Geneva: Parting Look and Self-Discovery
There is so much Beaux-Arts architecture in Switzerland; every visitor must ask himself at some point, "what is this? It feels as though it should be important to me in some way." Beaux-Arts is characterized by ornate ornamentation based on the classical elements of Greek and Roman architecture made popular in Europe in the mid to late 19th century. It is the manifestation of the historical elements of eclectic design on a monumental scale as taught in the École des Beaux Arts in Paris in the 19th Century. Many American architects studied in Paris, as there were no true schools of architecture in the United States until the American post-Civil War period. Many of these American architects were strongly influenced by the classical elements that were stressed in French architectural schools. At the time, some of the more practical architects mocked this style for its grandness and the pretentiousness in homes and public buildings that it spawned. The Arts and Crafts movement, with streamlined forms and clean lines, was a backlash to it. Today the style is seen as a legitimate architectural genre and expressive of the period it was widely employed in America and Europe.
But, buildings in this style of architecture are not what my education was about. It was about being schooled under the Beaux-Arts method and that is what transformed me from a high school student who needed a job to a design professional and a student of the world. All who are schooled in the Beaux-Arts tradition are required to prove their skills with color theory and basic drawing tasks before advancing to figure drawing, painting, and sculpture. A well-rounded curriculum of architectural courses, as well as the history of architecture and furniture and interior design are included in this style of intensive across-the-arts architectural training. Students are required to study the classical arts, with modern additions to the curriculum that now include photography and contemporary media. The program was not for the faint of heart. Of the 300 students that began my five-year program, only 18 remained to graduate with me.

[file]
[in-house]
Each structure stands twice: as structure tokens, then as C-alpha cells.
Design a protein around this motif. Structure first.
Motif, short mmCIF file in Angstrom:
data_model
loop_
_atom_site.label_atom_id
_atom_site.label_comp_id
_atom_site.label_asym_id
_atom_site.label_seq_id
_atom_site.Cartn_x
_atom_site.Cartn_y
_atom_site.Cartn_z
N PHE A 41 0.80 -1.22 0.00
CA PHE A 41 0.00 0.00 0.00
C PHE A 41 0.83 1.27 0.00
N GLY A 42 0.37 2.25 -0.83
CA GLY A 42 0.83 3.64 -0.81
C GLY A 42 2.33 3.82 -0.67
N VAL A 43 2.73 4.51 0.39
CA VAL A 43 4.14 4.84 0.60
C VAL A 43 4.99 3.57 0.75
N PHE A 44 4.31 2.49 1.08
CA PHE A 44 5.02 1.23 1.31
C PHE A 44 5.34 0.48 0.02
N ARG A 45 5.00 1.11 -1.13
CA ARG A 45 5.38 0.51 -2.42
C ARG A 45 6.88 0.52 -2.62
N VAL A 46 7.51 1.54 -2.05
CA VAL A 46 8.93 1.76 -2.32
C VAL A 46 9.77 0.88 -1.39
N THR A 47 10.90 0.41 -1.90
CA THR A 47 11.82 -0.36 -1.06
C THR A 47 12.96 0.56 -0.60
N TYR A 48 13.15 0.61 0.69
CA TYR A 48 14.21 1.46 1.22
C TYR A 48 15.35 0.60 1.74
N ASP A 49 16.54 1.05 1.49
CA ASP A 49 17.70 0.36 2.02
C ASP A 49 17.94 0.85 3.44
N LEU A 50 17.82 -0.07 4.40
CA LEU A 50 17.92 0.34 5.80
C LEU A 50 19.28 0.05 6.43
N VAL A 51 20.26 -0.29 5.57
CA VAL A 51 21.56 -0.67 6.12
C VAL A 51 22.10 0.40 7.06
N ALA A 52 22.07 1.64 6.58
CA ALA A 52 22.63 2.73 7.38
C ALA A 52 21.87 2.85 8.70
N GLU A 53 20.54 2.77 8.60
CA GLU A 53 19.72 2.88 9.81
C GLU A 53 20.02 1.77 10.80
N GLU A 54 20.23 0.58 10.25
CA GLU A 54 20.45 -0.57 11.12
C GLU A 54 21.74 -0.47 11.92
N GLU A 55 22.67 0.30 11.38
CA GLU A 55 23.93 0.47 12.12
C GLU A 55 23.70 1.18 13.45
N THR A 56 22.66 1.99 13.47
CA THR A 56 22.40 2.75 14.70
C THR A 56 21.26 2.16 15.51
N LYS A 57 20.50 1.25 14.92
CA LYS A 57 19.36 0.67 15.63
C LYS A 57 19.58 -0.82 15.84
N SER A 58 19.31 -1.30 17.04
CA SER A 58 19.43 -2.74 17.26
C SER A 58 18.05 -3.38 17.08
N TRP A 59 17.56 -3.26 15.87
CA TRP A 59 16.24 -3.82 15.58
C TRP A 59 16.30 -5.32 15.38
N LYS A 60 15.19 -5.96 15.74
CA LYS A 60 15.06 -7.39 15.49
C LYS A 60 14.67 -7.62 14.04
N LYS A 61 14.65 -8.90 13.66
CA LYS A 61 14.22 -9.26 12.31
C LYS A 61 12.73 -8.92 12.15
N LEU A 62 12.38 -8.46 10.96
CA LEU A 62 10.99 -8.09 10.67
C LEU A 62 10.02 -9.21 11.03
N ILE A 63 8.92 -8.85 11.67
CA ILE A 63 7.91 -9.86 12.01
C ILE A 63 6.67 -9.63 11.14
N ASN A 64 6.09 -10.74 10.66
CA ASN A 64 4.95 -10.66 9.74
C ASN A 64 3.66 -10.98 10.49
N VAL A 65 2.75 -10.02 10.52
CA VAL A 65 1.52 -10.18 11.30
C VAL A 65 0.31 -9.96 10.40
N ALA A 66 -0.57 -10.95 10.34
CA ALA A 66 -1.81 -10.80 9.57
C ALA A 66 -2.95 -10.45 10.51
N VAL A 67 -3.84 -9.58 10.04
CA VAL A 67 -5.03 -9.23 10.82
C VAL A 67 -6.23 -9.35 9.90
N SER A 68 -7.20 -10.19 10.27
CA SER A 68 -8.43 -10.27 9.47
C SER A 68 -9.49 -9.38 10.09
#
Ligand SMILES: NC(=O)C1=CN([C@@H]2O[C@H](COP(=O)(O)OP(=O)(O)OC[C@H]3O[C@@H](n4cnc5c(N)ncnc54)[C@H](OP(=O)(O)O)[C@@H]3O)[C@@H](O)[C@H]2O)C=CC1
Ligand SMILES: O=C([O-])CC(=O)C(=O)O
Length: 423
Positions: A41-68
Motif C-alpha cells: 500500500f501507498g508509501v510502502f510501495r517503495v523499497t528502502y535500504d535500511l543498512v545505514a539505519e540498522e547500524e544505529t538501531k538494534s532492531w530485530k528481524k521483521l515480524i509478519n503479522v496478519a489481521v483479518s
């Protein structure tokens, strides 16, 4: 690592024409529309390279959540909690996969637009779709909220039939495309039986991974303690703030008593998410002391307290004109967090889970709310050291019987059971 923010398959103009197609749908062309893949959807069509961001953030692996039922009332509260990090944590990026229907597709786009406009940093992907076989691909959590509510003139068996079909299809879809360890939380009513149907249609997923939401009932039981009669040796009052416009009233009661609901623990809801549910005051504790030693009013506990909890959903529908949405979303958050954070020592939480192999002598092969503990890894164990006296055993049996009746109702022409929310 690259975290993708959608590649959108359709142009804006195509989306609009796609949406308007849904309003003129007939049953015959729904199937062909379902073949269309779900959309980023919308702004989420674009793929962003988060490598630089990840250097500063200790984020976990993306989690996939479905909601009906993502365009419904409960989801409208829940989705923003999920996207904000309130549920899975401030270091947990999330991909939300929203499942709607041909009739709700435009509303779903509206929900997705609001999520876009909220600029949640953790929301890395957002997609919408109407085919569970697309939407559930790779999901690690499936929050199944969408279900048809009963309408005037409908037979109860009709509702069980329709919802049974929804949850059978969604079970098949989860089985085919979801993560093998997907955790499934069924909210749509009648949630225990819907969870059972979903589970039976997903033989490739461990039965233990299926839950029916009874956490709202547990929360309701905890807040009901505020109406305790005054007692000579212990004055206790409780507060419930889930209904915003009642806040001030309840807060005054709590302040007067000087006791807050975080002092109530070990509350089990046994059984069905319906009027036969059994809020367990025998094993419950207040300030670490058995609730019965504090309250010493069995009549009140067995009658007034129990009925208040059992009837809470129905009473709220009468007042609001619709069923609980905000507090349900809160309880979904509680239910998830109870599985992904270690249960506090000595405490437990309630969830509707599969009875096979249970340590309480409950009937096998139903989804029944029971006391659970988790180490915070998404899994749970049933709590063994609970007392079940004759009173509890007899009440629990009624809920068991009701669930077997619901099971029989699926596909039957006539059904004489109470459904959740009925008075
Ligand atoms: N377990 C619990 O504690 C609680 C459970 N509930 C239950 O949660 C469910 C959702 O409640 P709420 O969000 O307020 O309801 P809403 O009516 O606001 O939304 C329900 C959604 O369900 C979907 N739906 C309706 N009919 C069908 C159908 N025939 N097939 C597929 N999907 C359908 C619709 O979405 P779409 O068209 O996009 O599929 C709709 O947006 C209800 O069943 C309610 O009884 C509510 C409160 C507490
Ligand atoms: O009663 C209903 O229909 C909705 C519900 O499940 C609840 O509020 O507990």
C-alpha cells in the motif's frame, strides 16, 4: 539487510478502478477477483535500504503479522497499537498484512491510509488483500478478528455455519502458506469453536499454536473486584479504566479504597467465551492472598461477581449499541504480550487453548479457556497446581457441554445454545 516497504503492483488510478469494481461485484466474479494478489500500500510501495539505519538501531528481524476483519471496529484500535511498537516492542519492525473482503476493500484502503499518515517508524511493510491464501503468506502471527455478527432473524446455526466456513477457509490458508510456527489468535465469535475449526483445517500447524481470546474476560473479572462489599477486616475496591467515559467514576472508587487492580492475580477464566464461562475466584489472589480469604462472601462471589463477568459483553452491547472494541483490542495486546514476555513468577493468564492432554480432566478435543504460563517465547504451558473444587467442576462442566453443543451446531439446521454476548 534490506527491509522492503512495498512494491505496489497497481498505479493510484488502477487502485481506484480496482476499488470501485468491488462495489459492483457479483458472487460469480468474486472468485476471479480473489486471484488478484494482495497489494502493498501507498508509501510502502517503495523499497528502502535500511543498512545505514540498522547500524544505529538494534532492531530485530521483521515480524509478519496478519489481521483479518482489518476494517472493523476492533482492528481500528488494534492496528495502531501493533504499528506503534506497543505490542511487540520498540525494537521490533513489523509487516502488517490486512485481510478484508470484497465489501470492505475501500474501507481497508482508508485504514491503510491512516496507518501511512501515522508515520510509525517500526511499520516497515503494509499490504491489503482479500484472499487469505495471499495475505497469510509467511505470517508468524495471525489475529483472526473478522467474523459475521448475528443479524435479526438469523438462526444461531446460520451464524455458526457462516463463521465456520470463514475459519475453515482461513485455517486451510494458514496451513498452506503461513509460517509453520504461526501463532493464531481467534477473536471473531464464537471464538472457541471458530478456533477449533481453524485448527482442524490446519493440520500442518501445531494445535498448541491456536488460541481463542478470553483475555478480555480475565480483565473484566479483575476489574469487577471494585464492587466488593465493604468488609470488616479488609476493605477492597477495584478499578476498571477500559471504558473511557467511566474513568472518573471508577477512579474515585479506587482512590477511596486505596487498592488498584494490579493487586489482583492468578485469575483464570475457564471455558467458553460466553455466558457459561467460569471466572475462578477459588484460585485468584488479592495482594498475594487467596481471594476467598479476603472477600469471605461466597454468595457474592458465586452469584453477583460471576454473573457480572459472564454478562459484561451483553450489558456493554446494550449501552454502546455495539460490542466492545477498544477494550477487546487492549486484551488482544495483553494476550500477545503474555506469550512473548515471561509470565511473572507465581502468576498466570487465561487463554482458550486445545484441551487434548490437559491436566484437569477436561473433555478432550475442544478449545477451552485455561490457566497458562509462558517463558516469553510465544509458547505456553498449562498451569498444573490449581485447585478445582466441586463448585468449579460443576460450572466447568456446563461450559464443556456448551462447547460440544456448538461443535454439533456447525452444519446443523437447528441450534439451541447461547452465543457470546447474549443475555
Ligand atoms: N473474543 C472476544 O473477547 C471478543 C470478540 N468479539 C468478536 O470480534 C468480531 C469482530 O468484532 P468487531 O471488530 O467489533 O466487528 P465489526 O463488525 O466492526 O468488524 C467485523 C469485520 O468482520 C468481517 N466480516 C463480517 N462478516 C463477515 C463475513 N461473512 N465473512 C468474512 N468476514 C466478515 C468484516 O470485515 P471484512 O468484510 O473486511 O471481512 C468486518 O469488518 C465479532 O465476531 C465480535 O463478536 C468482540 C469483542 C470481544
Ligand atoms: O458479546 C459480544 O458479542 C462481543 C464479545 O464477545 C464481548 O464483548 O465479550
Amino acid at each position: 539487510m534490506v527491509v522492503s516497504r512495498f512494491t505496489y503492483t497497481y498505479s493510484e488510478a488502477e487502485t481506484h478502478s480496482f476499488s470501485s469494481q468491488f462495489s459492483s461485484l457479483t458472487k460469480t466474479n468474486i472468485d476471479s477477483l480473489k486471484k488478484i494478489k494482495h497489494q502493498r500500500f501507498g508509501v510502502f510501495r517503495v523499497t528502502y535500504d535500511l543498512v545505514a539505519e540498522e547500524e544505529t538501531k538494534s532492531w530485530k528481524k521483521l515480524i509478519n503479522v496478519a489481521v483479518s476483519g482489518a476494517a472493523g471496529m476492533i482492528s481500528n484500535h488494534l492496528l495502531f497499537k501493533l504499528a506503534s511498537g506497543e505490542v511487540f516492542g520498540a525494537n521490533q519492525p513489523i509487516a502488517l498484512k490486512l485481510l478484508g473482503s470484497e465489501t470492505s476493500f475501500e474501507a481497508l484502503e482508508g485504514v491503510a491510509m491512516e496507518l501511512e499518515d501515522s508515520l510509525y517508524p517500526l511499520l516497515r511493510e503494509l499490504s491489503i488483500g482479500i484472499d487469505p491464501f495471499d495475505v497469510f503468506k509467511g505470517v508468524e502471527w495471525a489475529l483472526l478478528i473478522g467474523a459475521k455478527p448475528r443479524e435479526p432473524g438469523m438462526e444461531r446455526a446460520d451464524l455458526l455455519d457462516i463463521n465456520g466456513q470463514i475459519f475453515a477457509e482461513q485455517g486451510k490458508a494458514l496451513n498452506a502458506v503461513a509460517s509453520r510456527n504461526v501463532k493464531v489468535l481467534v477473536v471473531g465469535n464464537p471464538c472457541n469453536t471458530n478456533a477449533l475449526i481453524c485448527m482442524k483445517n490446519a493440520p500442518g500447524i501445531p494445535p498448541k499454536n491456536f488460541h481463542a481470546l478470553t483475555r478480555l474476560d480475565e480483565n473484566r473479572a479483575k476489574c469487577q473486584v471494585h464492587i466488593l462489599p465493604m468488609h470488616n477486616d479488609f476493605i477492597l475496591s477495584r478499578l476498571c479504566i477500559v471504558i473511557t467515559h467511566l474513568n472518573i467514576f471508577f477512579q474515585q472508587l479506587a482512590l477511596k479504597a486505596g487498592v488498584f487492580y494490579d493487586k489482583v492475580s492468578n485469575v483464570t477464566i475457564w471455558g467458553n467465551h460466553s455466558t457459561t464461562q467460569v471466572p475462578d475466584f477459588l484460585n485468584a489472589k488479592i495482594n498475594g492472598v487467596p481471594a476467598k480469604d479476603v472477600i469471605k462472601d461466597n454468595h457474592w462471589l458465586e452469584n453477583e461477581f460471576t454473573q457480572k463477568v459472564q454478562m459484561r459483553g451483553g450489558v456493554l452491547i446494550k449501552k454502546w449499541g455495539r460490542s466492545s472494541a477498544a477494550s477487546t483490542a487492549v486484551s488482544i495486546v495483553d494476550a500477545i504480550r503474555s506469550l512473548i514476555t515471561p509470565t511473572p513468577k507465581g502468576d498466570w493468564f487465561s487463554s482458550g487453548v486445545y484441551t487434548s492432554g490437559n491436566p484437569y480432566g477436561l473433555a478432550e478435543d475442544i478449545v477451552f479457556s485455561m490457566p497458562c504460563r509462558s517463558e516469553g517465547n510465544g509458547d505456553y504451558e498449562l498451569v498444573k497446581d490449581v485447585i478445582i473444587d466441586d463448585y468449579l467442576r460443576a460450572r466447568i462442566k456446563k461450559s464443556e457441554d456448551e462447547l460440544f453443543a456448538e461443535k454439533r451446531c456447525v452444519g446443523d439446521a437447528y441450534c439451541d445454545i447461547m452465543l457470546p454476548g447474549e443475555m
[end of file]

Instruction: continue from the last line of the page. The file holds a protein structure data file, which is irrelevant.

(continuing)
What I still carry with me from the program today is a vigorous appreciation for how all that I learned, the arts and the skills, inform my architecture and design. I like to think that edifices edify all of us: structures can acculturate, acquaint, advance, cultivate, educate, elevate, enlighten, ennoble, enrich, ethicize, move forward, humanize, idealize, improve, indoctrinate, instruct, polish, reclaim, refine, sophisticate, spiritualize, tame, uplift...and, ultimately, remain to transform our landscape, within and without. I still stash my sketch pad and charcoal pencils in a backpack to take with me on all of our trips, inside and outside the U.S. It's become part of the journey to understand what's there and what it can teach.